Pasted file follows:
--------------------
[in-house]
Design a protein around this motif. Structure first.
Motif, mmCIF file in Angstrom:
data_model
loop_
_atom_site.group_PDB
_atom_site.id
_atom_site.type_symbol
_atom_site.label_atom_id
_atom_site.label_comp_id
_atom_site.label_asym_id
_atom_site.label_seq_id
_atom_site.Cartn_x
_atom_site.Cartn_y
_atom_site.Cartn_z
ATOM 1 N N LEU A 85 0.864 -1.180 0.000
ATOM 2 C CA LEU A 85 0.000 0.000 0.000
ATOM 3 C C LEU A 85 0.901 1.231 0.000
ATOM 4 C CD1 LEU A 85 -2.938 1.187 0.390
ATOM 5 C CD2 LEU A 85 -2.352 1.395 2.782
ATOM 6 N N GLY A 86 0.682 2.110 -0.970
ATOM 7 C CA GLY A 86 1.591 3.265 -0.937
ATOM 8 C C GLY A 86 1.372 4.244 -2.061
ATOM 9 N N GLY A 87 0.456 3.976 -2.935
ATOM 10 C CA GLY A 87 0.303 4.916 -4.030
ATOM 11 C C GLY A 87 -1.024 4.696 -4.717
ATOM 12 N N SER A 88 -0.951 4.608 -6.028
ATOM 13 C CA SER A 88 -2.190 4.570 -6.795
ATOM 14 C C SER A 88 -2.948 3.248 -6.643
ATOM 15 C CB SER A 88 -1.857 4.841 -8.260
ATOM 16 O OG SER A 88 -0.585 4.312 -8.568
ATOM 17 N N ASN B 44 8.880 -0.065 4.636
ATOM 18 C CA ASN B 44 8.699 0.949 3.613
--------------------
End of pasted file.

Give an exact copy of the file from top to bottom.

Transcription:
[in-house]
Design a protein around this motif. Structure first.
Motif, mmCIF file in Angstrom:
data_model
loop_
_atom_site.group_PDB
_atom_site.id
_atom_site.type_symbol
_atom_site.label_atom_id
_atom_site.label_comp_id
_atom_site.label_asym_id
_atom_site.label_seq_id
_atom_site.Cartn_x
_atom_site.Cartn_y
_atom_site.Cartn_z
ATOM 1 N N LEU A 85 0.864 -1.180 0.000
ATOM 2 C CA LEU A 85 0.000 0.000 0.000
ATOM 3 C C LEU A 85 0.901 1.231 0.000
ATOM 4 C CD1 LEU A 85 -2.938 1.187 0.390
ATOM 5 C CD2 LEU A 85 -2.352 1.395 2.782
ATOM 6 N N GLY A 86 0.682 2.110 -0.970
ATOM 7 C CA GLY A 86 1.591 3.265 -0.937
ATOM 8 C C GLY A 86 1.372 4.244 -2.061
ATOM 9 N N GLY A 87 0.456 3.976 -2.935
ATOM 10 C CA GLY A 87 0.303 4.916 -4.030
ATOM 11 C C GLY A 87 -1.024 4.696 -4.717
ATOM 12 N N SER A 88 -0.951 4.608 -6.028
ATOM 13 C CA SER A 88 -2.190 4.570 -6.795
ATOM 14 C C SER A 88 -2.948 3.248 -6.643
ATOM 15 C CB SER A 88 -1.857 4.841 -8.260
ATOM 16 O OG SER A 88 -0.585 4.312 -8.568
ATOM 17 N N ASN B 44 8.880 -0.065 4.636
ATOM 18 C CA ASN B 44 8.699 0.949 3.613